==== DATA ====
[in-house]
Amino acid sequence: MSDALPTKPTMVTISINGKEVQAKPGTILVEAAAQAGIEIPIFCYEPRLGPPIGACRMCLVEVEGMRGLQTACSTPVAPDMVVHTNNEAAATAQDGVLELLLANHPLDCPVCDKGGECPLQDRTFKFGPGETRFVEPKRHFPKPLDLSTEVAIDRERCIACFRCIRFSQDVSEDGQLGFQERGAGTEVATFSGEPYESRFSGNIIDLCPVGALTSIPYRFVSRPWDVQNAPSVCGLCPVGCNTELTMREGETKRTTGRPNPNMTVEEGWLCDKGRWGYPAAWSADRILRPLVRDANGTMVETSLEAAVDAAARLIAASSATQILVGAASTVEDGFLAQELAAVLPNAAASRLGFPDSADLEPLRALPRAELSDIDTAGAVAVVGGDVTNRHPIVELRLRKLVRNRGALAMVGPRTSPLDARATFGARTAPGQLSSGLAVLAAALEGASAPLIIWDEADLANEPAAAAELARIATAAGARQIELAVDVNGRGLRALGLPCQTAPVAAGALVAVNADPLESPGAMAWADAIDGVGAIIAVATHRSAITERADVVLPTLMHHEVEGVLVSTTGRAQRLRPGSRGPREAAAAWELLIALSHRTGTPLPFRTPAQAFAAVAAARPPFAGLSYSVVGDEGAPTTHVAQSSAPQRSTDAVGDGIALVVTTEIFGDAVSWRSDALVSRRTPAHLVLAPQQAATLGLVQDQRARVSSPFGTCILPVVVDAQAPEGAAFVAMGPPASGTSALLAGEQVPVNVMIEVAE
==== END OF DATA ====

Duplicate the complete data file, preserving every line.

[in-house]
Amino acid sequence: MSDALPTKPTMVTISINGKEVQAKPGTILVEAAAQAGIEIPIFCYEPRLGPPIGACRMCLVEVEGMRGLQTACSTPVAPDMVVHTNNEAAATAQDGVLELLLANHPLDCPVCDKGGECPLQDRTFKFGPGETRFVEPKRHFPKPLDLSTEVAIDRERCIACFRCIRFSQDVSEDGQLGFQERGAGTEVATFSGEPYESRFSGNIIDLCPVGALTSIPYRFVSRPWDVQNAPSVCGLCPVGCNTELTMREGETKRTTGRPNPNMTVEEGWLCDKGRWGYPAAWSADRILRPLVRDANGTMVETSLEAAVDAAARLIAASSATQILVGAASTVEDGFLAQELAAVLPNAAASRLGFPDSADLEPLRALPRAELSDIDTAGAVAVVGGDVTNRHPIVELRLRKLVRNRGALAMVGPRTSPLDARATFGARTAPGQLSSGLAVLAAALEGASAPLIIWDEADLANEPAAAAELARIATAAGARQIELAVDVNGRGLRALGLPCQTAPVAAGALVAVNADPLESPGAMAWADAIDGVGAIIAVATHRSAITERADVVLPTLMHHEVEGVLVSTTGRAQRLRPGSRGPREAAAAWELLIALSHRTGTPLPFRTPAQAFAAVAAARPPFAGLSYSVVGDEGAPTTHVAQSSAPQRSTDAVGDGIALVVTTEIFGDAVSWRSDALVSRRTPAHLVLAPQQAATLGLVQDQRARVSSPFGTCILPVVVDAQAPEGAAFVAMGPPASGTSALLAGEQVPVNVMIEVAE